Skip to Main Content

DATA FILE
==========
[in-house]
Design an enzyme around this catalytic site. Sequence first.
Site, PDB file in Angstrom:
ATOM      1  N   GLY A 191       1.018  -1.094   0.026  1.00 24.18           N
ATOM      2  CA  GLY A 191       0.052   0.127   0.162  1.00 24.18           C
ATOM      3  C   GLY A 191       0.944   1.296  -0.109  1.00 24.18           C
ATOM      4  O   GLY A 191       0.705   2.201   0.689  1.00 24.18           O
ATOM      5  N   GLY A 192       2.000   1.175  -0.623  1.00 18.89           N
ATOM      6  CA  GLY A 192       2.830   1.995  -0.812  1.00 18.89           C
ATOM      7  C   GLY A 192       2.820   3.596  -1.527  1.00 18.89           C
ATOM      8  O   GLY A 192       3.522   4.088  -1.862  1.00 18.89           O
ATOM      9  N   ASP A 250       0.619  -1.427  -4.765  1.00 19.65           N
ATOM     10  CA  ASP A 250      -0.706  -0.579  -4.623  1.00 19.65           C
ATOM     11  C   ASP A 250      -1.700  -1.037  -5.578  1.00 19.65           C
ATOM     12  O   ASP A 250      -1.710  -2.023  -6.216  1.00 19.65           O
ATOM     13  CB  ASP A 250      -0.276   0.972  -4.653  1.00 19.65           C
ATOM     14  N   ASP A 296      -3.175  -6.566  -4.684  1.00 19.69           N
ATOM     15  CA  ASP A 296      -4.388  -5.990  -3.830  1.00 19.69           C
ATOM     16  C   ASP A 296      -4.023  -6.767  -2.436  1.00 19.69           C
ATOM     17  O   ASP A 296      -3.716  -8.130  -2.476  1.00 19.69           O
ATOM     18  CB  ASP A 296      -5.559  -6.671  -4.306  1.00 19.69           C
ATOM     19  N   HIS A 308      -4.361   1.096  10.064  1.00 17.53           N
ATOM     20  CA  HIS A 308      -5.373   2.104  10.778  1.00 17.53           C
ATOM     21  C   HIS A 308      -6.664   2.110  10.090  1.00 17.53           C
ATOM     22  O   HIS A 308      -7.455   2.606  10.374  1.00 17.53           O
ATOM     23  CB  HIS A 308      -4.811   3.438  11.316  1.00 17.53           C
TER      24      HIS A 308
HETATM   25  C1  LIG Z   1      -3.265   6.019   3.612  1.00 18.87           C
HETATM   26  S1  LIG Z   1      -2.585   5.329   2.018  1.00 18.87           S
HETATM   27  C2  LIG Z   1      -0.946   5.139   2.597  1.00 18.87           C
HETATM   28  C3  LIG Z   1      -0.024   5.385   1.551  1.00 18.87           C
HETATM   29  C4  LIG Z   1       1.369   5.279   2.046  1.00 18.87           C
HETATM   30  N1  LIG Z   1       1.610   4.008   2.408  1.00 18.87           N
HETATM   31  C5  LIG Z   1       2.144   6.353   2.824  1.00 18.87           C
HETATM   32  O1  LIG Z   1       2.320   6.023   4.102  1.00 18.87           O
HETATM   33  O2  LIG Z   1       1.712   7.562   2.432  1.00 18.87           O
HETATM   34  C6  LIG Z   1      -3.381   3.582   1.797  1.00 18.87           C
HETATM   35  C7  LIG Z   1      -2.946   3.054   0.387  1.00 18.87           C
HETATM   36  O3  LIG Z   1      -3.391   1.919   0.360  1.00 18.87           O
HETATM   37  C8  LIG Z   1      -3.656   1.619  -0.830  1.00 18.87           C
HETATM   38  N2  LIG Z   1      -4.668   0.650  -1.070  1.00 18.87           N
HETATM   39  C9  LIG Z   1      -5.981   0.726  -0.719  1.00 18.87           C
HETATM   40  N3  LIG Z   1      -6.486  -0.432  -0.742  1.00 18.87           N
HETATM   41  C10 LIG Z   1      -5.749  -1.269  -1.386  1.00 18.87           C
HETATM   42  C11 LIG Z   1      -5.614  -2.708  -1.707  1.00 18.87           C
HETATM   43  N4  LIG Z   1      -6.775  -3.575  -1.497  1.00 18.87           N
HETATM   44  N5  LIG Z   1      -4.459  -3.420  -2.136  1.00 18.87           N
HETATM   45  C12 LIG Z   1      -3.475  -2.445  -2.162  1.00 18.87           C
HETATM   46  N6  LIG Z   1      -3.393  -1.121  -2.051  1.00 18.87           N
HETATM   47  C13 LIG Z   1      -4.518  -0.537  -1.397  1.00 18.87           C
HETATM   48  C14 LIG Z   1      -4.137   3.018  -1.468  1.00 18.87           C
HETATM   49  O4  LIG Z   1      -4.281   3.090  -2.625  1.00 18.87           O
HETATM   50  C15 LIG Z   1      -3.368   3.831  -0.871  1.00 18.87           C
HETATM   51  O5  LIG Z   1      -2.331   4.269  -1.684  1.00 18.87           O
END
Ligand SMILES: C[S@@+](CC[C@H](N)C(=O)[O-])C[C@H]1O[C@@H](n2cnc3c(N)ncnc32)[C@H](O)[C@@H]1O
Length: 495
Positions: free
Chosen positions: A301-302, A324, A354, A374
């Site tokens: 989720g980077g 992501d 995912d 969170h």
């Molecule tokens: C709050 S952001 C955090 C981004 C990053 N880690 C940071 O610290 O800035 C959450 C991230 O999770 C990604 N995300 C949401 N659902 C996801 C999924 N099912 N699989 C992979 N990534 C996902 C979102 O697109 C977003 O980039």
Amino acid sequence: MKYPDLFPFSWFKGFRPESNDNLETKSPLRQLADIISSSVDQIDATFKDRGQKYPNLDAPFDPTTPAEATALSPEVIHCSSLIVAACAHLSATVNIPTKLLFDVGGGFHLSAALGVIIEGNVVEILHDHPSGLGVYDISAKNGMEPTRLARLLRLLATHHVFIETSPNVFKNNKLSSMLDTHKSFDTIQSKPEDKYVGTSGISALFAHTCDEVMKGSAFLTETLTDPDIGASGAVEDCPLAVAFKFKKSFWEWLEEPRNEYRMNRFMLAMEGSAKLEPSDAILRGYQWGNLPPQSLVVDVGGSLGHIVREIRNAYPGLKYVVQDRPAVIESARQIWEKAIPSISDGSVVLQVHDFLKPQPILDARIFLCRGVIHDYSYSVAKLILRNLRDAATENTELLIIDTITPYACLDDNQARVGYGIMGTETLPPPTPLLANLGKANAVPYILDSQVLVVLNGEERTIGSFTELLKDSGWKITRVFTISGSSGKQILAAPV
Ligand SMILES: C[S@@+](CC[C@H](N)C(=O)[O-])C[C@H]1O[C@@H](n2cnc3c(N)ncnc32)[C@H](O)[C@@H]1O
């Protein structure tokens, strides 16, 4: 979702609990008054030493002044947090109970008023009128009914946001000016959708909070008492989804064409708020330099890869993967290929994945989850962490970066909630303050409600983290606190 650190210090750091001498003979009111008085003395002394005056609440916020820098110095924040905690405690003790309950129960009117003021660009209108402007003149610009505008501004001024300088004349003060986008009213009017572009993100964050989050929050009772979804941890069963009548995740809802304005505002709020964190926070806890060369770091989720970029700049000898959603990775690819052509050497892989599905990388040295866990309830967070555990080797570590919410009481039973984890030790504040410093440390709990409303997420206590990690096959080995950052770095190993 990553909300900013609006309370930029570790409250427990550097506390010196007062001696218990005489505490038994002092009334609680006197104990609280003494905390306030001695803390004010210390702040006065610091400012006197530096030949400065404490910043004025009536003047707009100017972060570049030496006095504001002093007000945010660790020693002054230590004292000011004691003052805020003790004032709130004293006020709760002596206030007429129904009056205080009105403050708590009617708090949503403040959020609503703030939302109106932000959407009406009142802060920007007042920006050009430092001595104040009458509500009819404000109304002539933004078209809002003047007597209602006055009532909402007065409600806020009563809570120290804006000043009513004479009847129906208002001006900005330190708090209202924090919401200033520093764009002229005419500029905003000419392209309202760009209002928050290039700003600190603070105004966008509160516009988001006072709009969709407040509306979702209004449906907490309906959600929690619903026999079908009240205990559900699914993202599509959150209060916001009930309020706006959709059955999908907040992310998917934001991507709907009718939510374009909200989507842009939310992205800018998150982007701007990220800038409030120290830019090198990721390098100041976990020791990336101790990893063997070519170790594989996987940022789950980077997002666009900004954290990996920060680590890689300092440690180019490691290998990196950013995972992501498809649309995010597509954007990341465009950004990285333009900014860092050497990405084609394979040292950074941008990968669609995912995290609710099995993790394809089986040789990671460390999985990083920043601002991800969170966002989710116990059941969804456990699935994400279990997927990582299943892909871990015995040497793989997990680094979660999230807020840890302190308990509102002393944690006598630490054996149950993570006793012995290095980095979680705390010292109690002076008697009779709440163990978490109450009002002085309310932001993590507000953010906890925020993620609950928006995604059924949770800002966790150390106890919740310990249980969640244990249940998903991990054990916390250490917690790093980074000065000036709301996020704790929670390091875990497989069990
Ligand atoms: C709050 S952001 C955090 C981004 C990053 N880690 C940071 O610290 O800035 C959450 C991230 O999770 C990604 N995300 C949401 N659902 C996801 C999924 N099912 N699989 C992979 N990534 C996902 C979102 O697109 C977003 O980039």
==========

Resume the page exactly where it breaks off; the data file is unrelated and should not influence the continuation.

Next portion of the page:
As distributed energy resource (DER) projects grow in popularity, there has been little focus on their potential to influence the dynamic stability of a transmission system. If implemented in large enough numbers, DER equipment may feasibly be leveraged to provide ancillary services such as spinning reserve, system inertia, or system stabilization. To determine the potential impacts of DER on future transmission grid stability, dynamic models of DER load combinations were created, reduced in order, and scattered throughout Central and Southern California within an existing Western Systems Coordinating Council (WSCC) dynamic model. Evaluation of the composite WSCC-DER dynamic model allows correlations to be drawn between various DER properties and the transmission grid stability. Key findings show that increasing DER inertia tends to destabilize the transmission system. The cause of this counterintuitive relationship requires further study but likely is related to the high impedance separating the DER from the transmission grid.